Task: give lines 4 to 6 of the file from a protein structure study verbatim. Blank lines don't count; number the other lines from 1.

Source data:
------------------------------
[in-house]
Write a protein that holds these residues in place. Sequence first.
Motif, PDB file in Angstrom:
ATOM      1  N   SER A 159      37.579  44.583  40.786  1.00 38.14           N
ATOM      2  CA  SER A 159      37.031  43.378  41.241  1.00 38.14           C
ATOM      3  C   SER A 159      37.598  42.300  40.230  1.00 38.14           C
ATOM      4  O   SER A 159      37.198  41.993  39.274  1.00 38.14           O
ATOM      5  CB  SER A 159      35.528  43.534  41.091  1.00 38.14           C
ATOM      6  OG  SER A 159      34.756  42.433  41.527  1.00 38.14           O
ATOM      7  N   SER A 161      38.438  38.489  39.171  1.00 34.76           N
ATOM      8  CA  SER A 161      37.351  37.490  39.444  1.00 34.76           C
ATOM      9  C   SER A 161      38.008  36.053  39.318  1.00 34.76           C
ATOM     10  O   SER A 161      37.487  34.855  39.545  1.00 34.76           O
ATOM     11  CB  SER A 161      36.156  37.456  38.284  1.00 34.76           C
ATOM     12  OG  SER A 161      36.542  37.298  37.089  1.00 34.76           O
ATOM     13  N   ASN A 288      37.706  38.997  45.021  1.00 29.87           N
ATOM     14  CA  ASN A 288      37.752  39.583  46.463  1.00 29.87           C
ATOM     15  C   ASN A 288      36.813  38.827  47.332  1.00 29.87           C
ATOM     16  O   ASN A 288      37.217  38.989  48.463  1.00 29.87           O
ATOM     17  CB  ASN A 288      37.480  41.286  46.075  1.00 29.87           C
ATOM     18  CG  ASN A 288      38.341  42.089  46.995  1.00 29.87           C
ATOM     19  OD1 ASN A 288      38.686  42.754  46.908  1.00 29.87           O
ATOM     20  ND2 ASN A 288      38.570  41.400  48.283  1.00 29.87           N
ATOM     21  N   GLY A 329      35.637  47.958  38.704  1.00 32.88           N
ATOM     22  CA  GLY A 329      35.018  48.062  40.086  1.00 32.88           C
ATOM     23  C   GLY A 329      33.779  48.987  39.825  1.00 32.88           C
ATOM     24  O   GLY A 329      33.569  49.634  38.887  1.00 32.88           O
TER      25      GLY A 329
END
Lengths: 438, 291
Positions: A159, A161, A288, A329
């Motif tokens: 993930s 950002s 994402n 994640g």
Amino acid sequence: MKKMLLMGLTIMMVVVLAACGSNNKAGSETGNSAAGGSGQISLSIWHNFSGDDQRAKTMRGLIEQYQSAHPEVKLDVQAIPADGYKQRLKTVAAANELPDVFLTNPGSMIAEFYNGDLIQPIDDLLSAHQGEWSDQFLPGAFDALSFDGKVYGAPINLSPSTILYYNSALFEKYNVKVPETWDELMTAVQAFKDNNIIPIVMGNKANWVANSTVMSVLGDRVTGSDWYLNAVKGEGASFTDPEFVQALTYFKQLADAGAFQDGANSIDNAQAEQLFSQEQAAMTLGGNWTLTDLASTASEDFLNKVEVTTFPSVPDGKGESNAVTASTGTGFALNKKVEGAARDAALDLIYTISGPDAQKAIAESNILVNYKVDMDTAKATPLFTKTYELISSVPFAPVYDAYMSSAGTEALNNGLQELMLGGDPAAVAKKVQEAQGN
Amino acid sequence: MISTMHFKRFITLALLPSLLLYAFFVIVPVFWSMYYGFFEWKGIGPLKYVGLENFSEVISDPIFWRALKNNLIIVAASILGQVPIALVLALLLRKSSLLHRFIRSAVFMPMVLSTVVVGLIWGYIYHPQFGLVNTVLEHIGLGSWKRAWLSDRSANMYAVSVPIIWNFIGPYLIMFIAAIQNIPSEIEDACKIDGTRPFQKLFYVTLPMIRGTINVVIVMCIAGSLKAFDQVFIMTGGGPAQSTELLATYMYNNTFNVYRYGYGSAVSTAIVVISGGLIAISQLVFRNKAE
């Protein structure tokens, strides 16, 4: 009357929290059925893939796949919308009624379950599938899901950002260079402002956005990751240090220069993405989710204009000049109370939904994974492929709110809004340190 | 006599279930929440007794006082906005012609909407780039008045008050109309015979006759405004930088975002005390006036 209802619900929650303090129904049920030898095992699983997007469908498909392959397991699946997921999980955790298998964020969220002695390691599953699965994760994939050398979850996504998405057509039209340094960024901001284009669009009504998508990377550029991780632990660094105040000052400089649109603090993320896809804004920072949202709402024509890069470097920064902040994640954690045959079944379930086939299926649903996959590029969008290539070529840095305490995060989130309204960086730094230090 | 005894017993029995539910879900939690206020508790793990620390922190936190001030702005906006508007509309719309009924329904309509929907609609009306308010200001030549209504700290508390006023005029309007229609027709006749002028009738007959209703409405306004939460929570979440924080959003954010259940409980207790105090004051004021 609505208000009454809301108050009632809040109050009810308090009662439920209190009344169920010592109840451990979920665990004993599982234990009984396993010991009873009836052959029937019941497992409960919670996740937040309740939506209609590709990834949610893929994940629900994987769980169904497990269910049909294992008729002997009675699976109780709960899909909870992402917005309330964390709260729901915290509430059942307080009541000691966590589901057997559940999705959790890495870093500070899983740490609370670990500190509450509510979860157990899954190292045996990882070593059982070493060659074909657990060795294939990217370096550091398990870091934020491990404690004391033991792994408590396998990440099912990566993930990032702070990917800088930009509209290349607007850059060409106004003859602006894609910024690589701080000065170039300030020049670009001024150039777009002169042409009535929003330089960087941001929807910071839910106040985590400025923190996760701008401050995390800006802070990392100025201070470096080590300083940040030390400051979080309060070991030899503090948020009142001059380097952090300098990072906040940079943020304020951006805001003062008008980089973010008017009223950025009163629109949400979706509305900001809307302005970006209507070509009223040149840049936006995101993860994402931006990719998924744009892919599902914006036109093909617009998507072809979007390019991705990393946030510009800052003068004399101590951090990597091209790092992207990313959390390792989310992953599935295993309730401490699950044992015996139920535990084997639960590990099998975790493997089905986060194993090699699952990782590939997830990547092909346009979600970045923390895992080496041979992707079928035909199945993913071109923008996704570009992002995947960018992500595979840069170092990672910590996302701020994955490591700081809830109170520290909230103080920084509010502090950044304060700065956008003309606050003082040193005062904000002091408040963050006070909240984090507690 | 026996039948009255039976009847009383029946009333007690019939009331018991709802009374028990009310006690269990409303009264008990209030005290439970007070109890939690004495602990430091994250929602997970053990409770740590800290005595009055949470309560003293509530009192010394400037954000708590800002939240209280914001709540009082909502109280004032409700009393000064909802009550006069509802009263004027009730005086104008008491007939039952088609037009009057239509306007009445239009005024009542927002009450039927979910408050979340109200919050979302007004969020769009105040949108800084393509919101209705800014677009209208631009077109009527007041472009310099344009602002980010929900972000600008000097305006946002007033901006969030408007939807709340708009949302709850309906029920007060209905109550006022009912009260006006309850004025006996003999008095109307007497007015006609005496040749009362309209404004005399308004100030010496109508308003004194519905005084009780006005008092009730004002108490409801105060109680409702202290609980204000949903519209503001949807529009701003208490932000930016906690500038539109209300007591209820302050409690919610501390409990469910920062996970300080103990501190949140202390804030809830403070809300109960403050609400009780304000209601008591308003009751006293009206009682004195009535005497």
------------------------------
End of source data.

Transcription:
ATOM      1  N   SER A 159      37.579  44.583  40.786  1.00 38.14           N
ATOM      2  CA  SER A 159      37.031  43.378  41.241  1.00 38.14           C
ATOM      3  C   SER A 159      37.598  42.300  40.230  1.00 38.14           C